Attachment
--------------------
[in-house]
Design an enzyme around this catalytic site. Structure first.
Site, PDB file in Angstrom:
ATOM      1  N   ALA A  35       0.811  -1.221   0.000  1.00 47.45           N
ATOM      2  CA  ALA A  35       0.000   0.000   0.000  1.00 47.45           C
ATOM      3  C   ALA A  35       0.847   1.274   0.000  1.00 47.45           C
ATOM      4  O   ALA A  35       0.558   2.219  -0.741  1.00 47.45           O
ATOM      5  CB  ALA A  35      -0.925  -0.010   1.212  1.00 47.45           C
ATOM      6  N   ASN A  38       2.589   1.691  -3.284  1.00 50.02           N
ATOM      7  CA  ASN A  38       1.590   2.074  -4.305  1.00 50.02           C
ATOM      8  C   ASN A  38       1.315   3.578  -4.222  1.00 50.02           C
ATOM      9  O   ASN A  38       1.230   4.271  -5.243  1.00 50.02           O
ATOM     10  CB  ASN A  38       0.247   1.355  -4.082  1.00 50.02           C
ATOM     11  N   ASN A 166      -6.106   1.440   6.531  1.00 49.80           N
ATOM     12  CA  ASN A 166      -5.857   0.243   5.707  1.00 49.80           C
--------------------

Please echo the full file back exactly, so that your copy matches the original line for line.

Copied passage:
[in-house]
Design an enzyme around this catalytic site. Structure first.
Site, PDB file in Angstrom:
ATOM      1  N   ALA A  35       0.811  -1.221   0.000  1.00 47.45           N
ATOM      2  CA  ALA A  35       0.000   0.000   0.000  1.00 47.45           C
ATOM      3  C   ALA A  35       0.847   1.274   0.000  1.00 47.45           C
ATOM      4  O   ALA A  35       0.558   2.219  -0.741  1.00 47.45           O
ATOM      5  CB  ALA A  35      -0.925  -0.010   1.212  1.00 47.45           C
ATOM      6  N   ASN A  38       2.589   1.691  -3.284  1.00 50.02           N
ATOM      7  CA  ASN A  38       1.590   2.074  -4.305  1.00 50.02           C
ATOM      8  C   ASN A  38       1.315   3.578  -4.222  1.00 50.02           C
ATOM      9  O   ASN A  38       1.230   4.271  -5.243  1.00 50.02           O
ATOM     10  CB  ASN A  38       0.247   1.355  -4.082  1.00 50.02           C
ATOM     11  N   ASN A 166      -6.106   1.440   6.531  1.00 49.80           N
ATOM     12  CA  ASN A 166      -5.857   0.243   5.707  1.00 49.80           C